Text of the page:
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Old 28th July 2012, 02:12 AM   #121
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Originally Posted by steph_tsf View Post
Today I have no time to scan the entire thread. I vaguely remember that Berchin wrote that one must remain cautious about the wording. I vaguely remember Berchin wrote that "Gaussian" means nothing else than applying a Gauss curve as FIR ...
That is correct. A Gaussian follows the equation of the form "exp(-x^2)". Us of any power other than 2 is not a Gaussian. That is why I am so careful to label an equation of the form "exp(-|x|^N)" (N not equal to 2) as "Gaussian-like".
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Old 28th July 2012, 02:24 AM   #122
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Originally Posted by CopperTop View Post
I have to admit that I have yet to come to terms with the motivation behind all these filter types! For example, the Bessel which you mention appears to be notable because of its constant group delay across the pass band (thanks Wikipedia!). Presumably, though, this is not a factor in a linear phase implementation..?
The Bessel is an IIR approximation of the Gaussian. You have the luxury of huge amounts of processing power at your disposal in your FFT-based implementation. That is not true in all cases, and an 8th-order digital IIR filter requires far less processing than, for example, a 256th-order (or even higher, at low cutoff frequencies) FIR.

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Yes, it's the motivation behind the filter 'brands' that I'm not sure of. As far as I can tell, it is possible to 'dial in' a desired frequency response, and suck-it-and-see what you get in terms of the impulse response ringing. No real maths involved. If that doesn't meet your various criteria, you can then massage the frequency response iteratively until it does. And give up if it doesn't.
That is certaily a viable design procedure, but it is akin to shooting in the dark. The various filter "flavors" are each optimal in some sense, so if what they optimize happens to be important to you, then you can go right to the answer without guessing.

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But in short, if we're designing a digital crossover filter, why do we need the maths and the filter 'brands'?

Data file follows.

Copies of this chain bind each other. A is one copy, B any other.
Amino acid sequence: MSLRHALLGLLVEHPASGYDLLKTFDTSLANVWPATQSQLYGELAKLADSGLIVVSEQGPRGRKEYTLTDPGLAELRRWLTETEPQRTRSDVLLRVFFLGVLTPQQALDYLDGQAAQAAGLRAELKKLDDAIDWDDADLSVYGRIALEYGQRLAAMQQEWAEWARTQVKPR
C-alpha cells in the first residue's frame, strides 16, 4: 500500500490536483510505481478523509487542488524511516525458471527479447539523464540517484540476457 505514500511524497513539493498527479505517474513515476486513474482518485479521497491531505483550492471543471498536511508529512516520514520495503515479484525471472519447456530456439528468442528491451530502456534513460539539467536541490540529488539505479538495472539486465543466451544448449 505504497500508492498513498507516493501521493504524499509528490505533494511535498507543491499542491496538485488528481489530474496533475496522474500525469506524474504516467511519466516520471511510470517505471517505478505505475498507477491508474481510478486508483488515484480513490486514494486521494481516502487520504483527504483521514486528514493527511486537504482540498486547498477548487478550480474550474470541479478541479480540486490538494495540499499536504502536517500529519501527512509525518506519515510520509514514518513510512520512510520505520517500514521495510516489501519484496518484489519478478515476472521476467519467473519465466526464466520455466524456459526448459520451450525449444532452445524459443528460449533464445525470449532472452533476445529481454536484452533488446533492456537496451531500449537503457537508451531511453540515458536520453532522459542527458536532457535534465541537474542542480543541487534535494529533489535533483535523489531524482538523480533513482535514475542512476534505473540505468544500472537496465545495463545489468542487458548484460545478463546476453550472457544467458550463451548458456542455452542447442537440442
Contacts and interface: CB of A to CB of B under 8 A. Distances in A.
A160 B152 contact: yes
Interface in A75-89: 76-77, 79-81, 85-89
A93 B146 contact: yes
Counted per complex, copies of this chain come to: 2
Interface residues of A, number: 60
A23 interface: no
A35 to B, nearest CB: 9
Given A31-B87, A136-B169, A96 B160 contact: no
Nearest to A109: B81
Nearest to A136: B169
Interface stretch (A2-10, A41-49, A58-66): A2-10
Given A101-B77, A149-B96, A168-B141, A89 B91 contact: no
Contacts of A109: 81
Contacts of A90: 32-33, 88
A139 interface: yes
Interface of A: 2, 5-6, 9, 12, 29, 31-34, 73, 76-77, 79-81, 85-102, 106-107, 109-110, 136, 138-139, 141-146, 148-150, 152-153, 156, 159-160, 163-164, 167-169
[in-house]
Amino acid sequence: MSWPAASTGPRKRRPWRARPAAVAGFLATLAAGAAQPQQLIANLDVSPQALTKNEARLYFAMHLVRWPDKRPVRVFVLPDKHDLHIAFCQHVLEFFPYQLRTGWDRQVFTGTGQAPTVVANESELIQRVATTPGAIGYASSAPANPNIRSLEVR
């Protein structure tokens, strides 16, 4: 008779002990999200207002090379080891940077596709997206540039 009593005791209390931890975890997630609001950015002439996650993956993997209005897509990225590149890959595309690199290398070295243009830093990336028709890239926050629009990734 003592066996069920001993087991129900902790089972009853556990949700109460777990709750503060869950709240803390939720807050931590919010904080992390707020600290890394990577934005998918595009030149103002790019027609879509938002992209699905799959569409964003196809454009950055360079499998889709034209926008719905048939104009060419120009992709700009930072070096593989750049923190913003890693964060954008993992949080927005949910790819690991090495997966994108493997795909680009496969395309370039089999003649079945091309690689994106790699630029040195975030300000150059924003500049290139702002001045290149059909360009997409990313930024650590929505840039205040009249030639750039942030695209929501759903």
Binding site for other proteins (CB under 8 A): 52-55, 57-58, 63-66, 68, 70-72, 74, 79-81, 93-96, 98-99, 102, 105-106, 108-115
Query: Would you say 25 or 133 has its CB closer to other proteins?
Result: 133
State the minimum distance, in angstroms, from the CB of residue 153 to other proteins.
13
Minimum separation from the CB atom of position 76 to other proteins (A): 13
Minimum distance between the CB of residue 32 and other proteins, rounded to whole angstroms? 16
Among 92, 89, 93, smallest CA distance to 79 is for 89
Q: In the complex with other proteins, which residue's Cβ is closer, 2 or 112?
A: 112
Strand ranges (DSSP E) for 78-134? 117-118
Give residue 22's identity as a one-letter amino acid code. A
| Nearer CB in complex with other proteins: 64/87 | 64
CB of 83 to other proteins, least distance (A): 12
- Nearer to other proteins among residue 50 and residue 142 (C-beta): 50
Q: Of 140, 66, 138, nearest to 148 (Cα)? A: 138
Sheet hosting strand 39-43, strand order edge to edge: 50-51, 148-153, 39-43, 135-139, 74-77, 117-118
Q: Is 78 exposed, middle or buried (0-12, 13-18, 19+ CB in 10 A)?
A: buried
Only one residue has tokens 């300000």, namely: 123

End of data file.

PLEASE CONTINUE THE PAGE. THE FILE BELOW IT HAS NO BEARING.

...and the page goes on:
Because it's nice to actually understand the fundamentals behind what we are doing, rather than simply iterating until we (hopefully) find something that works.
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Old 28th July 2012, 01:29 PM   #123
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Originally Posted by gberchin View Post
Steph, you keep making that statement without justification. The adequacy of a 2nd order highpass is entirely dependent upon the circumstances in which it is used. There are certainly situations in which a 2nd order highpass is insufficient, but to say that this is true in most cases is simply an overstatement. There are many, many cases in which a 2nd order highpass works very well indeed. And, as I mentioned in an earlier post, if it does not then perhaps one is either crossing over at too low a frequency, or using a tweeter inappropriate for the job.
Consider a crossover demanding the tweeter to exhibit an acoustic 2nd-order highpass with F-3db = 3400 Hz. Consider the unfiltered tweeter Bode plot, showing a natural highpass with F-3dB = 800 Hz. The highpass crossover will thus only provide some attenuation between 800 Hz and 3400 Hz. All frequencies below 800 Hz will reach the tweeter, mostly unattenuated. This is what your so-called 2nd-order highpass crossover delivers.
If you want your tweeter to sound ill, to exceded its Xmax at high listening volumes, and overheat, that's exactly what you need.
Can you please describe the cases in which an acoustic 2nd order highpass works well, for a tweeter?
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Old 28th July 2012, 03:17 PM   #124
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I just finished writing iDFT_Lab mini, dealing with linear phase complementary symmetric FIR crossovers.

"linear phase"
Both the lowpass and highpass exhibit a linear phase.

"complementary"
The sum of lowpass and highpass is equal to unity, both in amplitude and phase.

"symmetric"
When you view the amplitude plots with a log fequency scale, the lowpass slope and shape are the same flavour as the highpass slope and shape.

Now about the details.

For the crossover to be symmetric, the lowpass attenuation curve must exhibit certain properties.
Let us draw the lowpass amplitude using linear Y (from zero to one - this is the transmission factor) and log X (10 Hz, 1 kHz, 10 kHz, etc ...).
The X midpoint is thus 1 kHz.
Say 1kHz is Fc, the crossover frequency.
We know that at Fc, the lowpass amplitude is 0.5.

See the attached .jpg sketch

0) Let us draw the (1 kHz, 0.5) point in green, the crossing point
1) Let us draw an arbitrary lowpass amplitude on the log frequency scale spanning from 100 Hz to Fc.
2) Because of the symmetry that we are targeting, the corresponding highpass amplitude from Fc to 10 kHz, also got defined.
3) Because of the lowpass/highpass complementarity, the corresponding lowpass amplitude from Fc to 10 kHz, also got defined (dy1 and dy2 in red).
4) Because of the lowpass/highpass complementarity, the corresponding highpass amplitude from 10 Hz to Fc, also got defined (dy1 and dy2 in blue).

Looking at the four curve segments that just got defined, we realize that there is a central symmetry, with the particular (1 kHz, 0.50) point acting as centre.

The DC to Fs/2 lowpass amplitude curve serves as input for the iDFT.
The iDFT output is the corresponding impulse response in time domain. This way we get the lowpass FIR coefficients.
Knowing the lowpass impulse response, we compute the complementary highpass impulse response, the usual way. This way we get the highpass FIR coefficients.